Talk for Article "Spread of board game bars rides industry boom and digital backlash"

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    Interesting story! shows that we’re social beings above all. Could the author say anything about what age groups frequent those boardgaming cafes?

    1. [ This comment is from a user you have muted ] (show)

      Thanks Paul. Just anecdotally, they told me they get a wide range of people – in the day time there are more families, including groups spreading three generations, in the evenings there are more students and young professionals. There were both when I went.

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    Ten years? The boardgaming boom (in the USA at least) started in the late 90s when Settlers of Catan was released. Before that the tiny market consisted of much longer games with exceedingly complicated rules, as exemplified by Avalon Hill.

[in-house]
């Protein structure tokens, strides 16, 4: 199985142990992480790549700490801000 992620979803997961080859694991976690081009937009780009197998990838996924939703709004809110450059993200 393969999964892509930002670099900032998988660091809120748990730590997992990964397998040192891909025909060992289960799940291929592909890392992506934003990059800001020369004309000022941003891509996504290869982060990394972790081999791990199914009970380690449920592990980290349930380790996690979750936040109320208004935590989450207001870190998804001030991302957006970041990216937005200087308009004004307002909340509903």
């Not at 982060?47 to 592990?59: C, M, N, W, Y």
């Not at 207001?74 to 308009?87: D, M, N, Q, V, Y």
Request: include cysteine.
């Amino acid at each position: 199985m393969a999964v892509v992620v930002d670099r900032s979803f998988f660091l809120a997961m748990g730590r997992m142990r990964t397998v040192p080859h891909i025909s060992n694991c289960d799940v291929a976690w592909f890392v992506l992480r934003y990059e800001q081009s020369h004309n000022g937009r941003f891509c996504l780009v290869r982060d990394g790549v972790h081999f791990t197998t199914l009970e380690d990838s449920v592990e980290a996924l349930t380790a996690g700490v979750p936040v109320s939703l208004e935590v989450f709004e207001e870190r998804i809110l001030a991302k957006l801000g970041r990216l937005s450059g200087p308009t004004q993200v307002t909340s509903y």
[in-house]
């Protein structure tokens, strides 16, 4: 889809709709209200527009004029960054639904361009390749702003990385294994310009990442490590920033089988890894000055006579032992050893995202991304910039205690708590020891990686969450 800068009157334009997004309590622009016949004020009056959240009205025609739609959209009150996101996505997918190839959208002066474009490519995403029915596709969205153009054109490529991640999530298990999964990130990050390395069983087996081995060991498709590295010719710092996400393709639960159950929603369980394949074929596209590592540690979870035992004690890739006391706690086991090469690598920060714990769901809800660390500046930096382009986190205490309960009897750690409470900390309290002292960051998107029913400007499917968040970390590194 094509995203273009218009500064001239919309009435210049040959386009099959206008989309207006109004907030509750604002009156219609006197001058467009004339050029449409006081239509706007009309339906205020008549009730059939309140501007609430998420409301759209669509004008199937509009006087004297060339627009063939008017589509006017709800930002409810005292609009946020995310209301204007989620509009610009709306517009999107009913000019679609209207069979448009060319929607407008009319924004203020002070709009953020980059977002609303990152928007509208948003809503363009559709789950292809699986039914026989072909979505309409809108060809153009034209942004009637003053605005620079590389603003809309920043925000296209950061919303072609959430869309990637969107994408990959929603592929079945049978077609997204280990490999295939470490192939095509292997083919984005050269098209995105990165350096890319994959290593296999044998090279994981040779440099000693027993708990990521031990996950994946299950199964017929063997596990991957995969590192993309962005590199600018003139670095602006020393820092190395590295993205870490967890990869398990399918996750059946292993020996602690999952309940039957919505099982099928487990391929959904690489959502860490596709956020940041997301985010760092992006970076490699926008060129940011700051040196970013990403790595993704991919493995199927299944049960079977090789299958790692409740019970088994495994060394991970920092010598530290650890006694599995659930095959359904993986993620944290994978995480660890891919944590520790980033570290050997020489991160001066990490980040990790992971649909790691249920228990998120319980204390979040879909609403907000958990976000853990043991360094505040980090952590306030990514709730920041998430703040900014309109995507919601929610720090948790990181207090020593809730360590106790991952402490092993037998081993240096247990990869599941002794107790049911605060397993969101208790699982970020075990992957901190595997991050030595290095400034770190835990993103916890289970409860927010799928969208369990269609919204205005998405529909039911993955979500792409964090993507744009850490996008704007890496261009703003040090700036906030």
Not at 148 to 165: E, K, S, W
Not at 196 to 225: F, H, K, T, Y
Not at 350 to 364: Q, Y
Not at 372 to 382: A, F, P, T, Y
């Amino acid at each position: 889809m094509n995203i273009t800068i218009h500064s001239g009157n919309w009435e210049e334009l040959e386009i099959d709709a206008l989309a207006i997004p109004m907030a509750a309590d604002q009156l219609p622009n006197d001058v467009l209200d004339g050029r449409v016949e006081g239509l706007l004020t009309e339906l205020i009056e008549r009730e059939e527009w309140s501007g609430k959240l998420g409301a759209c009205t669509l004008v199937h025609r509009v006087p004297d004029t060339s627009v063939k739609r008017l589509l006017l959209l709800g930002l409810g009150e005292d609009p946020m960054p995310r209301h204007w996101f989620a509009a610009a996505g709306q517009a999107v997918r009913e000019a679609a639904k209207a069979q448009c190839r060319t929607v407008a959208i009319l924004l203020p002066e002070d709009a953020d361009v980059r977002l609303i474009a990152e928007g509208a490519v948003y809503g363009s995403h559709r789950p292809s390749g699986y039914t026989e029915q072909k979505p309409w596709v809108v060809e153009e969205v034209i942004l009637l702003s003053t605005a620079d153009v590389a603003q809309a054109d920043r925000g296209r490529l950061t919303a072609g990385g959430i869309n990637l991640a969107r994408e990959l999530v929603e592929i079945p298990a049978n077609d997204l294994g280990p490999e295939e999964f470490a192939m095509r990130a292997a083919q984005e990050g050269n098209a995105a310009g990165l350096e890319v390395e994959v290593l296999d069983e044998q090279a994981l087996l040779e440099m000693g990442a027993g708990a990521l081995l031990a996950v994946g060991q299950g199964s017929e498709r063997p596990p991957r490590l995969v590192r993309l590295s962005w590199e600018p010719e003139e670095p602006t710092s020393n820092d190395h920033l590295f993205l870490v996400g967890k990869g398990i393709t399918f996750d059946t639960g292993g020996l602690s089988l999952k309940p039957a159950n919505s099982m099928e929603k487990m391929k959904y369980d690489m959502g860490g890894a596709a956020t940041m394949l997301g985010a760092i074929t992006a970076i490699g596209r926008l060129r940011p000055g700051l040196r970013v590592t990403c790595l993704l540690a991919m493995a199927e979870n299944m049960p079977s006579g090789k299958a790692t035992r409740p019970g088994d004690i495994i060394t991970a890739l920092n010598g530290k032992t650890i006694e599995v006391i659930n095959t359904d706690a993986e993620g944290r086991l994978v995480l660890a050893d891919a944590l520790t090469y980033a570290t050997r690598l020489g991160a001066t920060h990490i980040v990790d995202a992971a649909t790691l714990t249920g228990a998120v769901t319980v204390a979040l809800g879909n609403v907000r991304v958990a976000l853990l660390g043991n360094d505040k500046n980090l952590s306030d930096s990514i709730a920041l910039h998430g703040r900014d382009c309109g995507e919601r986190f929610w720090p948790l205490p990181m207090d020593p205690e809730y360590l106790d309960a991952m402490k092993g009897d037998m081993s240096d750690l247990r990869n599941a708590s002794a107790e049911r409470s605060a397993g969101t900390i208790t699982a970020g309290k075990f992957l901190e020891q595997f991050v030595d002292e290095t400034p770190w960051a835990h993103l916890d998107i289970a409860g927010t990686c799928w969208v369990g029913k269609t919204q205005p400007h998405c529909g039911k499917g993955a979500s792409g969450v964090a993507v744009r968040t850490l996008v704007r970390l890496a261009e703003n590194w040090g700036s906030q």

Also in the late 90s, boardgaming specialty stores starting putting in tables where people could game and socialize. Yes, boardgaming cafes (where you can eat, drink, and game but not purchase games) are a new thing, but they are following on a longer tradition of gaming in specialty stores.

    I got into boardgaming in 1984 (after getting introduced in Dungeons & Dragons in 1980), own some two hundred board games, and get in a game at least every couple of weeks. I don’t mean to portray myself as an expert; there are many people who know more about the hobby than I do.

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